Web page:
By Matt Evans
Greetings, audience. I’m Matt Evans and I’m a third year family medicine resident here at the University of Utah. In addition to my standard third year resident responsibilities and my professional ADHD that results in me taking on more projects than a reasonable person would, I moonlight down in Kanab, UT one or two weekends per month. In Kanab, I cover the emergency department (ED) and also admit patients to our 10 room mini-hospital when they are sick enough to need inpatient care. I also transfer many of the critically ill patients who present to our ED to the nearby tertiary medical center that is approximately 30 minutes away by helicopter. I cover obstetrical emergencies, assist the local providers with emergency cesarean-sections when needed, and manage pediatric sepsis when sick pediatric patients present. I have given thrombolysis to a patient with an acute heart attack (STEMI), I have given tissue plasminogen activator (tPA) to an acute stroke patient, and I have reduced a comminuted ankle fracture and replaced an artificial hip dislocation all in the same weekend down in Kanab. How is a family physician who is nearing completion of his training able to do all of this?
Because of technology.
Technology really is why I’m able to be a full spectrum family physician while I’m still in training. When the acute stroke patient walked in the door, I performed an NIHSS (stroke scale) to determine that her stroke was severe enough for tPA but not so severe that was excluded from being a candidate for the clot-busting drug. When a STEMI patient walked through the door, I took a cell phone picture of the patient’s EKG and texted it to the interventional cardiologist at the nearby tertiary medical facility. He agreed giving thrombolysis was the right decision, and we gave this clot-busting/life saving/function sparing drug to a patient who had a 100% occlusion of his LAD (left anterior descending artery, AKA “the widow maker”). When a patient had a comminuted ankle fracture and his toes were turning purple, I called the orthopedic surgeon that I have saved to my cell phone list of favorite contacts and he walked me through what I could do to reduce the fracture and we restored blood flow to his digits. Of course, he first requested that the X-ray of the patient’s ankle be picture messaged to him first.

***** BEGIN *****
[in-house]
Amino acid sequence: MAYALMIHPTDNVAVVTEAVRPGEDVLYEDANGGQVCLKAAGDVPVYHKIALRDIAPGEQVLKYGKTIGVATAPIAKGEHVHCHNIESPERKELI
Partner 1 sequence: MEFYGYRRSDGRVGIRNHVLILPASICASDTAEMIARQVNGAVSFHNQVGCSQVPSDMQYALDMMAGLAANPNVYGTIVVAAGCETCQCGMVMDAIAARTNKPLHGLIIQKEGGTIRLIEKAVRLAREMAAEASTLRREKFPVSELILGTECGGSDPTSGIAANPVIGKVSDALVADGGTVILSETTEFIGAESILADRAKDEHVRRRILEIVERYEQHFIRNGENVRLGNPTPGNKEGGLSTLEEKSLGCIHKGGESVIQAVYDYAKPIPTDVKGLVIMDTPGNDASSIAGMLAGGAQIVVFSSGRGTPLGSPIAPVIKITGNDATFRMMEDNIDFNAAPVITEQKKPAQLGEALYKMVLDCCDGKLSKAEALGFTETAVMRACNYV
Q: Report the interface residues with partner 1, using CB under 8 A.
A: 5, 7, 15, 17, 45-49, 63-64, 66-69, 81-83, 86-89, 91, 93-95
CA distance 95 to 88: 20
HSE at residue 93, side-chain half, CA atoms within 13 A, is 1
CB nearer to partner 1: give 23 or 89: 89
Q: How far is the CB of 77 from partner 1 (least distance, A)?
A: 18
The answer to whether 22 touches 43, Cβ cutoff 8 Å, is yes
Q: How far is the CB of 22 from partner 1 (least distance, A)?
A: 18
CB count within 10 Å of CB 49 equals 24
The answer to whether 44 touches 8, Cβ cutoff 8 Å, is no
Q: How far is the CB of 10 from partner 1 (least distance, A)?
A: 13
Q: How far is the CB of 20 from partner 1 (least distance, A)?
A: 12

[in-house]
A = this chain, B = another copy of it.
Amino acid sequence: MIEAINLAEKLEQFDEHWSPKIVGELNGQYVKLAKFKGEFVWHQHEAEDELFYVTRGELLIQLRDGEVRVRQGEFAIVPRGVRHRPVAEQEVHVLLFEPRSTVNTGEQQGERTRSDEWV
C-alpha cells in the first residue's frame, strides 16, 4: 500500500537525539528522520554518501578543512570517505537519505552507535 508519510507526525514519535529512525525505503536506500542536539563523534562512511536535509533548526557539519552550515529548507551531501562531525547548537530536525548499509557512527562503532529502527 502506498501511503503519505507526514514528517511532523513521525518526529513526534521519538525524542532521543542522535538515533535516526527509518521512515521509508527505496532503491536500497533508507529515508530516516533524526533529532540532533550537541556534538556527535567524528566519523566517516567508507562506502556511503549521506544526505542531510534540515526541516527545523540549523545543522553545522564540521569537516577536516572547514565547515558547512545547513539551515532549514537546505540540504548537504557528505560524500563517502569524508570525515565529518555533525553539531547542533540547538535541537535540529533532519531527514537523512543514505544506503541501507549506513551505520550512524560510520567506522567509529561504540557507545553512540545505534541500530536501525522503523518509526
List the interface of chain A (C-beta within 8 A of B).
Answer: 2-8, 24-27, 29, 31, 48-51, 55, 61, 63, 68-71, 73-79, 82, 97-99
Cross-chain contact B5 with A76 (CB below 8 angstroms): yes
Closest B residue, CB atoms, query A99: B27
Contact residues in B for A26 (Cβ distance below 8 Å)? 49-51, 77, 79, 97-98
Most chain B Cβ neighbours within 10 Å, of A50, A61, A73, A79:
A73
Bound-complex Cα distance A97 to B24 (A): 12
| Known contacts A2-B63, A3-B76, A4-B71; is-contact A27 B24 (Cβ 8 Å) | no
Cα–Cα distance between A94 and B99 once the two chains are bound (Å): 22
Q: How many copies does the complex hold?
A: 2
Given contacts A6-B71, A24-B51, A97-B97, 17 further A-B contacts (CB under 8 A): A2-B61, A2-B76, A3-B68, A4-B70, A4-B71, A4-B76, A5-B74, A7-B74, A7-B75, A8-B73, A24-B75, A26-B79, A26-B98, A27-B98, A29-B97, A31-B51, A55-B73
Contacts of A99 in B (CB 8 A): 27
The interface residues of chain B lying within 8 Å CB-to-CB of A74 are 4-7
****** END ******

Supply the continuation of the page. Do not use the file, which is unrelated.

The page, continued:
I see future advances in technology leading to improved access of patients living in rural America. I will not be practicing at a rural site next year because it isn’t what will work for my family. I have a wife and 2 kids, the oldest of which will be starting pre-K within the next year. It’s becoming more and more difficult to recruit providers like me who were raised in large cities to practice in small towns due to a variety of reasons. However, I feel like technological advances will allow providers like me to donate my time to rural locations more easily in the future. For example, once cars are able to drive themselves, perhaps I can continue to spend one weekend per month driving to a rural site from the medium sized city I plan on living in next year. Perhaps continuing to cover ED call and hospital admissions at a rural hospital remains in my future, should technology allow it. I can imagine my smart car driving me to a rural location all night while I sleep, and then I could complete a 48 hour shift to give the overworked rural providers a break. Then, when my shift ends I can have my smart car drive me home while I sleep through Sunday night, leaving me refreshed for my clinical duties on Monday morning. Rural sites desperately need the support of providers who can contribute their time to keep their small hospitals, clinics, and other medical establishments running, and I would be more than happy to do so in the future.
As technology continues to change, I’m sure rural medicine will also continue to change. I’m sure that technological advances will allow patients better access, allow providers to make more appropriate medical decisions, and assist nearby specialists in making a difference in the lives of those that need specialty care. So although technology may be causing humans to feel disconnected to those we care about most (seriously, put your smart phone away for a few minutes and go outside today), I’m excited for the future of rural family medicine thanks to evolving technologies.
Matt Evans, MD is a third year Family Medicine Resident with the University of Utah School of Medicine.